I hate to disappoint, but your character in the game looks nothing like this goofy Australian wannabe.
This is a screenshot of the first level – one of the few levels where mild pleasure can be found.
PLAYERS: 1-2 alternating
PUBLISHER: JVC Digital Studios
DEVELOPER: SAS Sakata
RELEASE DATE: June 1990
First of all, the title. Who doesn’t love a delicious pun? For those not in the know on their hip Forties slang , the term “balderdash” means nonsense. Old slang is so much more interesting than new slang, I feel. How would anyone ever come up with the term “balderdash”? I can pretty much say that any slang punk kids use today comes from crazy pronunciations of pre-existing words (“brah”) or abbreviations via txt (the ubiquitous “OMG”). Yes, “balderdash” is a gem of a word, but Boulder Dash is a rough lickspittle of a game. It tries to go for the cutesy puzzle feel a la Lolo, and instead stumbles upon its own ambitions, limited though they may be.
Boulder Dash threatens to be good, at least in the first couple levels. You play a driller, just drilling your way through miles of dirt and avoiding the boulders that threaten to fall on you from every which angle. Your main goal is to collect a certain amount of diamonds, and once you’ve reached that number, find the exit. It’s not exactly a puzzle game in the strictest sense, but you do have to be careful how you traverse through the dirt. The boulders have specific ways they will fall. Obviously, you shouldn’t go under a boulder, nor should you be to the side of a boulder as you break the dirt around it, because it will roll to the side and kill you. As I progressed, my heart wasn’t filled with whimsy, per say, but I’m pretty sure I felt something that slightly resembled amusement.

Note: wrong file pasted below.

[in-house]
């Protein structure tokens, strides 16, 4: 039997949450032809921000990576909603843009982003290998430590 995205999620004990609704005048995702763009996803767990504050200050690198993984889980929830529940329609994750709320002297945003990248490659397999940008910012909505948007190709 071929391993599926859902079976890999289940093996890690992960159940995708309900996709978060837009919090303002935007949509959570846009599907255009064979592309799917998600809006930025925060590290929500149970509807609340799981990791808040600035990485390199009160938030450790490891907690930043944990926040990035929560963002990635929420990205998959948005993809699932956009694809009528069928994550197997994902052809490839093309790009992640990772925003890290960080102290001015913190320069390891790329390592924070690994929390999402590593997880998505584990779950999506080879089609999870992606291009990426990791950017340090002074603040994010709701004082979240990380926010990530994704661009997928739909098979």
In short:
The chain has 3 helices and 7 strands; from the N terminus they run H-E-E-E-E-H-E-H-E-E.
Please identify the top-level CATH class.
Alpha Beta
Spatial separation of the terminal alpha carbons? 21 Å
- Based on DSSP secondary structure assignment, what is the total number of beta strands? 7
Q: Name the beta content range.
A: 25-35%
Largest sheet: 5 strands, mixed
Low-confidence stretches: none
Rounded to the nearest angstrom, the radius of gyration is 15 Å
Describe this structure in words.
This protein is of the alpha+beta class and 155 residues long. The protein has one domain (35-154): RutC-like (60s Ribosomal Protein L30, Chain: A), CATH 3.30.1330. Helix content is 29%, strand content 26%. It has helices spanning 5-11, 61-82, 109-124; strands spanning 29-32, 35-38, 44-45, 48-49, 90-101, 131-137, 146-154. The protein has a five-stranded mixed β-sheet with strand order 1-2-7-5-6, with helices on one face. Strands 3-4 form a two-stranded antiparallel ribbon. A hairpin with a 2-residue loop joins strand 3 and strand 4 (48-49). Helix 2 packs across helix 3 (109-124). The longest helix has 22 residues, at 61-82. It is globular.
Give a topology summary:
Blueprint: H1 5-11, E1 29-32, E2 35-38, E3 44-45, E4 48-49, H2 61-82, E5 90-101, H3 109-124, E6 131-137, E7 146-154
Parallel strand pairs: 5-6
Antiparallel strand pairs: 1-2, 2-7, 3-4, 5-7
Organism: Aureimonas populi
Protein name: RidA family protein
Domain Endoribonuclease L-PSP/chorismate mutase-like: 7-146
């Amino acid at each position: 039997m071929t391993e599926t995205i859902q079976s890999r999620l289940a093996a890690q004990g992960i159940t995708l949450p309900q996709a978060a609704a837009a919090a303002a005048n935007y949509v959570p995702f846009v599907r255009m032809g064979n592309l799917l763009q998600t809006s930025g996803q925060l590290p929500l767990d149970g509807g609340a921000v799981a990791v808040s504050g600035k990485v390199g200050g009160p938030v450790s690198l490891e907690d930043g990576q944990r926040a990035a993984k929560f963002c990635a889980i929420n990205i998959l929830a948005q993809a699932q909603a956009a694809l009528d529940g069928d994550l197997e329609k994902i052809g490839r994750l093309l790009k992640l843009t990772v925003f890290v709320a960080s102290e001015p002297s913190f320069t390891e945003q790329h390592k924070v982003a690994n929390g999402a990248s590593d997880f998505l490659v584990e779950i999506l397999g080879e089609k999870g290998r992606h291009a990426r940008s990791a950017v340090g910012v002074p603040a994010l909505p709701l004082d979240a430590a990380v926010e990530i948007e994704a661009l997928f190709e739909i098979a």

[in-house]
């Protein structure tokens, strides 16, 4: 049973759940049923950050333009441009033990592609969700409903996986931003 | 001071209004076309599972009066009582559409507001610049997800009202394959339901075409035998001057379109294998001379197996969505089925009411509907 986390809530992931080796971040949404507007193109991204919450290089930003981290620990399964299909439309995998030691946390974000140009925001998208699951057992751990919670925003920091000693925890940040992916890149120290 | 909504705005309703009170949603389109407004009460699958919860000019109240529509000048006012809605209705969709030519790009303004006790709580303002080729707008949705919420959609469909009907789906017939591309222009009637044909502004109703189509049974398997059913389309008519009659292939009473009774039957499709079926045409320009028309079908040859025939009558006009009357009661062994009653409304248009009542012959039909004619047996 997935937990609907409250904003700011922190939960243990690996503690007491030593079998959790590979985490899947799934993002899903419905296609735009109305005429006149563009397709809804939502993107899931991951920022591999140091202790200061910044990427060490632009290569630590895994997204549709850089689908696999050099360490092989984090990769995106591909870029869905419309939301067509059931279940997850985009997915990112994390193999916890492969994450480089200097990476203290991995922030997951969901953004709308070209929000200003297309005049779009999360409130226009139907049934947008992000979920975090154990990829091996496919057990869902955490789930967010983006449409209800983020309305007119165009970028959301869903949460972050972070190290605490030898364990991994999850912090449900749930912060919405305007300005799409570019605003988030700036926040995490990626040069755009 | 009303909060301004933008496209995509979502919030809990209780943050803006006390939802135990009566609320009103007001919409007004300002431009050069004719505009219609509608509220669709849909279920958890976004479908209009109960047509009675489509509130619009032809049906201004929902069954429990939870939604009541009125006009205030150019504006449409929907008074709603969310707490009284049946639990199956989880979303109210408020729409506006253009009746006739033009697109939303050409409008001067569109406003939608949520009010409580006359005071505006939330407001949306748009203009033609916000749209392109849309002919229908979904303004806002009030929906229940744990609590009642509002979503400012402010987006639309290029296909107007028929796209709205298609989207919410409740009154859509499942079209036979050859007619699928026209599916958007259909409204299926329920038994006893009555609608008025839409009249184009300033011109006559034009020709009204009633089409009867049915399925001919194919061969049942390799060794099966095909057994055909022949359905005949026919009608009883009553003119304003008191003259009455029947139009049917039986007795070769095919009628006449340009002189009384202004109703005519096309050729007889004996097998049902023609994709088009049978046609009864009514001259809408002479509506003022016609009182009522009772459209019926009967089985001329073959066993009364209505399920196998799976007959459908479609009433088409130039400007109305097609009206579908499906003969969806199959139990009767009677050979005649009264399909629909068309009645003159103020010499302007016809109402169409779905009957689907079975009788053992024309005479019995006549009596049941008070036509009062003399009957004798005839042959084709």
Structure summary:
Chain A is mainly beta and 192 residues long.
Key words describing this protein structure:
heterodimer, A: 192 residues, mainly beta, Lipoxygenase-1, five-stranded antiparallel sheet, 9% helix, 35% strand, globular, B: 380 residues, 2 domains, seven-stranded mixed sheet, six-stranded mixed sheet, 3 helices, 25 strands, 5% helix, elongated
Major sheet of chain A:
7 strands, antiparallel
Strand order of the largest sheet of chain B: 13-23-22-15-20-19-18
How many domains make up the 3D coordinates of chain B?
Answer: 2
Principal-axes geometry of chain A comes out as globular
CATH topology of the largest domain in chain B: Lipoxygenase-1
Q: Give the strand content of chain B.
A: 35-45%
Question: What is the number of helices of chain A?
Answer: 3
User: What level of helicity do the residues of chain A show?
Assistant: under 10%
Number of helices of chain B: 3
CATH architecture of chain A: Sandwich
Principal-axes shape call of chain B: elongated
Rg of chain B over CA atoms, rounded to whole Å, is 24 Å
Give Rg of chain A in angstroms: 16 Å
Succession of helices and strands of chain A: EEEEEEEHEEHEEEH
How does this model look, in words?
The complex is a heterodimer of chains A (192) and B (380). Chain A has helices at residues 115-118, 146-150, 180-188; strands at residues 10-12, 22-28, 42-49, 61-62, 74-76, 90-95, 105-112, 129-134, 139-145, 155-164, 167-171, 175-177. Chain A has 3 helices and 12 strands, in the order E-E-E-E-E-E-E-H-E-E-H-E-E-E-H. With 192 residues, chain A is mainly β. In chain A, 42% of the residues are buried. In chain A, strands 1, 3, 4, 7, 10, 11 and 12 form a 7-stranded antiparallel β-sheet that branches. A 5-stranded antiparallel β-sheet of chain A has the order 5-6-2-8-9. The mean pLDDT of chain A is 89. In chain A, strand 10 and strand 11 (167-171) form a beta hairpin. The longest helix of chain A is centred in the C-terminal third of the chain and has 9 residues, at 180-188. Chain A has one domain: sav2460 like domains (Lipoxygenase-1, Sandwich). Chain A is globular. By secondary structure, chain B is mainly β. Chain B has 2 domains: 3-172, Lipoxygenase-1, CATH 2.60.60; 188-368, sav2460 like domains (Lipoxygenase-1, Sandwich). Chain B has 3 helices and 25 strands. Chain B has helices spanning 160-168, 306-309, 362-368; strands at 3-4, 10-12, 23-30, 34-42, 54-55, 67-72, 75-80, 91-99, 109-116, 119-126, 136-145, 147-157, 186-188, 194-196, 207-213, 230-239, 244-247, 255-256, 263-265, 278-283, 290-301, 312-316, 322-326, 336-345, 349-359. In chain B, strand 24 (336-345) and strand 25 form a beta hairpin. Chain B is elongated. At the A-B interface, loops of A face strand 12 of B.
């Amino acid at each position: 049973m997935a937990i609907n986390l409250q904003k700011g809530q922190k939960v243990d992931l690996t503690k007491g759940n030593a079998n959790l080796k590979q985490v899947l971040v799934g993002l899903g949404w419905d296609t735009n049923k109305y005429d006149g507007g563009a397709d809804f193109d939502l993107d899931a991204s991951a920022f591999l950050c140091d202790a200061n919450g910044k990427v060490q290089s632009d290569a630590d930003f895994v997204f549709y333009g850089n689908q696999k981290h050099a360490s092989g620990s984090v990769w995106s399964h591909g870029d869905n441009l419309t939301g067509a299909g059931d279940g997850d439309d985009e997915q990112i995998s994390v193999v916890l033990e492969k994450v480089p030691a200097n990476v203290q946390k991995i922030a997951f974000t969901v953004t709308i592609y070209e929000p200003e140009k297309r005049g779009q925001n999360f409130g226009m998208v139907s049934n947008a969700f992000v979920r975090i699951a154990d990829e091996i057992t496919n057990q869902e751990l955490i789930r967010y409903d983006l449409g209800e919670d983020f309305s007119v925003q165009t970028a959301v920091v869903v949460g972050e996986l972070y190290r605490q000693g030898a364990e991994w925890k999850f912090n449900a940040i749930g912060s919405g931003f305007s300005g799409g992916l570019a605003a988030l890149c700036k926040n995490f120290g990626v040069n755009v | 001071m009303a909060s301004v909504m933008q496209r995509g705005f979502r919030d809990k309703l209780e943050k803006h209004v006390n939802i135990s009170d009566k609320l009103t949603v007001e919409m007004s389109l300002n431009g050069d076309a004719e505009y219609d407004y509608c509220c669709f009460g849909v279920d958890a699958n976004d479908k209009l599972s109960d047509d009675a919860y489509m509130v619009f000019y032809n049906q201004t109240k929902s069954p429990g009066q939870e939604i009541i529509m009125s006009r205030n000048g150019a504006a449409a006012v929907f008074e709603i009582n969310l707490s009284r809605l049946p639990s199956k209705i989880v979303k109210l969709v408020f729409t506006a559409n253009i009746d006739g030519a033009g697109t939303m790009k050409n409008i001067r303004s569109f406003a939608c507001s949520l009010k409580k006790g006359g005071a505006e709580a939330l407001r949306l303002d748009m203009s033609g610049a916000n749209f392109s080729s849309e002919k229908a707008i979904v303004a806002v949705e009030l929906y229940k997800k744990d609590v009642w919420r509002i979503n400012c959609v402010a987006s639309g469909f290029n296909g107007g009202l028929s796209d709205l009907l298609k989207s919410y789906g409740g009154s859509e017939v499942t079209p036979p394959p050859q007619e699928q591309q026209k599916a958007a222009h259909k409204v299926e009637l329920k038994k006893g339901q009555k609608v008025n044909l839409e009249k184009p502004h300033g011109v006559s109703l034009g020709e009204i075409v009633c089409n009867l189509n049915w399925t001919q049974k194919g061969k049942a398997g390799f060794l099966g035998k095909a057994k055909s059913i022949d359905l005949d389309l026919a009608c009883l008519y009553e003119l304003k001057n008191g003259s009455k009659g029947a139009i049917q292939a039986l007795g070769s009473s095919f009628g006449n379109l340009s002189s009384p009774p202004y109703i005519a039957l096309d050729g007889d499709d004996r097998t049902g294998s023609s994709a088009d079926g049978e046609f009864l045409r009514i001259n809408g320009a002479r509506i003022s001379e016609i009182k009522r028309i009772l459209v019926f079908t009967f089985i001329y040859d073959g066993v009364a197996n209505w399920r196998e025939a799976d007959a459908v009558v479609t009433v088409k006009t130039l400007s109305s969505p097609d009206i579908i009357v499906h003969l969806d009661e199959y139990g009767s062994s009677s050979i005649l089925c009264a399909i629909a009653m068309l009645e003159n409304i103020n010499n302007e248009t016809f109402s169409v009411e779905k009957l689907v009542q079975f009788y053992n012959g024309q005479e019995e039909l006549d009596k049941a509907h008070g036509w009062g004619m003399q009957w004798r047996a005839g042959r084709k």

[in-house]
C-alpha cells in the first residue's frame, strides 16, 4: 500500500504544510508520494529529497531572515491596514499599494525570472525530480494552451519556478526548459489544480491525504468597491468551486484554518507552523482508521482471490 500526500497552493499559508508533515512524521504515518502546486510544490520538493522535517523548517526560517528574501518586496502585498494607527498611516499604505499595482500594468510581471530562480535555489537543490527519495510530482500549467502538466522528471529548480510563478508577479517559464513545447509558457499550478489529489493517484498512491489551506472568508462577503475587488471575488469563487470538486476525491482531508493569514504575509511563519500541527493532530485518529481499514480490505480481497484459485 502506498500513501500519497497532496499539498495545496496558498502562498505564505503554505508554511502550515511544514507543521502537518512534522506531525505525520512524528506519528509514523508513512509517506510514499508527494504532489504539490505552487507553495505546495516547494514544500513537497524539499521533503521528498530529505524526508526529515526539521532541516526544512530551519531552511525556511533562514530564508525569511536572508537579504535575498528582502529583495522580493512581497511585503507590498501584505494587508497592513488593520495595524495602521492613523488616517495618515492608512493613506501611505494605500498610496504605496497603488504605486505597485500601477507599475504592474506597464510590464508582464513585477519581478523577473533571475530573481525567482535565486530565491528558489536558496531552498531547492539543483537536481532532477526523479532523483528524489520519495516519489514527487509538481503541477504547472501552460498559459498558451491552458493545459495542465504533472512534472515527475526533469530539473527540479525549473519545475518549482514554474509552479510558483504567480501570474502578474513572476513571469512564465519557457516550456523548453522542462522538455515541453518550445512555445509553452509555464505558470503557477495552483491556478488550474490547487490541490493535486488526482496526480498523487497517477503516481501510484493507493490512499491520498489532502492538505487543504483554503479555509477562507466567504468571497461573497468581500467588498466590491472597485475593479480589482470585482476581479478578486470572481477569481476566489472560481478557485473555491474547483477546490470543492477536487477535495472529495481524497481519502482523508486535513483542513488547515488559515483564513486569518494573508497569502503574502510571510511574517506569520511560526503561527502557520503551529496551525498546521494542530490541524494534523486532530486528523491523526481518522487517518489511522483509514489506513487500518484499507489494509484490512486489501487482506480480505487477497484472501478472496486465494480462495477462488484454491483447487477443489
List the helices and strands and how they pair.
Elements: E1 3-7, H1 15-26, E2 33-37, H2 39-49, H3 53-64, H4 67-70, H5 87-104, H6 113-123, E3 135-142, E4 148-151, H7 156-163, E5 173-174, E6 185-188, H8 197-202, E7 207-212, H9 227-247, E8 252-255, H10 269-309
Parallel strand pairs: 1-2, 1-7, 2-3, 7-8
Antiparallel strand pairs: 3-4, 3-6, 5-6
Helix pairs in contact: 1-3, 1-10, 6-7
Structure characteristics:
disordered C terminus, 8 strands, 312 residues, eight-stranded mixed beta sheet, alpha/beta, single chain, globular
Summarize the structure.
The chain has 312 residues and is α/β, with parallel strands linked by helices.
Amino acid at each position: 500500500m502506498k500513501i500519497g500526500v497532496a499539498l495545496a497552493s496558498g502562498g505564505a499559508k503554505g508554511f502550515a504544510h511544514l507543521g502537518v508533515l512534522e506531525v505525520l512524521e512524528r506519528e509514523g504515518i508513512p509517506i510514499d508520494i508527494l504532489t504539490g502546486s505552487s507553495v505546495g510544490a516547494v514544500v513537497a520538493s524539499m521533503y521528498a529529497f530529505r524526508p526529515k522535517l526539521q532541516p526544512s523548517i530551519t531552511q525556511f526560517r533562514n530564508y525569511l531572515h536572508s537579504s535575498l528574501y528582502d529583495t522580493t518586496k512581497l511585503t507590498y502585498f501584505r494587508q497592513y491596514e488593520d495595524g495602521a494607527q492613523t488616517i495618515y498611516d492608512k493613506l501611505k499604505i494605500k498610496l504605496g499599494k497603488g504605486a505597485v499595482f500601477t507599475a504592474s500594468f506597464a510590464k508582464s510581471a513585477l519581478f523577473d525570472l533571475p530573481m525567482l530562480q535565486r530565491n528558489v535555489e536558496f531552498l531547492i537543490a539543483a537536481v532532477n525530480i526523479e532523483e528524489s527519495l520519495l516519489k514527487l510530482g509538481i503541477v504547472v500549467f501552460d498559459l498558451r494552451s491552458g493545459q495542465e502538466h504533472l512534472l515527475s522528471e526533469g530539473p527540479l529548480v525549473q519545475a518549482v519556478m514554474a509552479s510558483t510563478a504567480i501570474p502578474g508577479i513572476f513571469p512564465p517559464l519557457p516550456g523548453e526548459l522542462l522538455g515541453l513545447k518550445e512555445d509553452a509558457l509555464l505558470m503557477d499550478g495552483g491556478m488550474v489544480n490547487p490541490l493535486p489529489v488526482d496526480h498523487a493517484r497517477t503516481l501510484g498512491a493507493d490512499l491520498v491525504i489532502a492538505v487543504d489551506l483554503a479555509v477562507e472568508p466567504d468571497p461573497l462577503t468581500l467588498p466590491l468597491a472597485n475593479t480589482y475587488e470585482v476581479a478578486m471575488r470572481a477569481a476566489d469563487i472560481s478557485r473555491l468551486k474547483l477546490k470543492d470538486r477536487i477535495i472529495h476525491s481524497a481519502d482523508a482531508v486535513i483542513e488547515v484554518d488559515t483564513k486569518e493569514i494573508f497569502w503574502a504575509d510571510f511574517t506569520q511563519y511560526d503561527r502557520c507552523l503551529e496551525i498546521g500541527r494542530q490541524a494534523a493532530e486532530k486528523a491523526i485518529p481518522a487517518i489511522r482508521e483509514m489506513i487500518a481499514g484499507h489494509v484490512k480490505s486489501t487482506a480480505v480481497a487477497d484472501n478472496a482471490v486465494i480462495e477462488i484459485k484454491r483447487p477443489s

Then the fourth level happened and, try as I might, I could not get past it. Instead of collecting diamonds right from the get-go, you are obliged to kill butterflies that are trapped in these open squares surrounded by sand. Despite the fact that you have a drill and could easily annihilate the world’s butterflies with it, you kill them by precariously setting up the boulders so they fall through the sand and kill the butterflies, releasing spurts of diamonds from their crushed corpses. Sounds great, but the butterflies have lightning-fast reflexes and they’re not too pleased with your drilling ways. The second they’re released, they will kill you, and the boulders take their sweet time rolling down into the open square. You never have a chance. I never had a chance. I tried several times to take the evil level-conquering butterflies down, to no avail. I’ve decided the game’s broken, therefore we’re not friends.
It’s a shame, too. As I started the game, I thought I had a real sleeper hit on my hands. Collect the diamonds, avoid the boulders, the fifty or so levels get more complex as you progress, boom, instant B- rating. I move on to A Boy and His Blob, everyone’s happy (except for me because I’m pretty sure A Boy and His Blob is terrible). But no, they had to mess with the game’s already sloppy physics, with the boulders sliding onto insects. It doesn’t get better as you progress, either. Weirder enemies come into play, boulders are replaced by giant Easter Island heads, and the diamonds you collect are nowhere to be found, which means you probably have to kill aforementioned weirder enemies with said Easter Island heads. With the exception of the first three levels, Boulder Dash really is balderdash.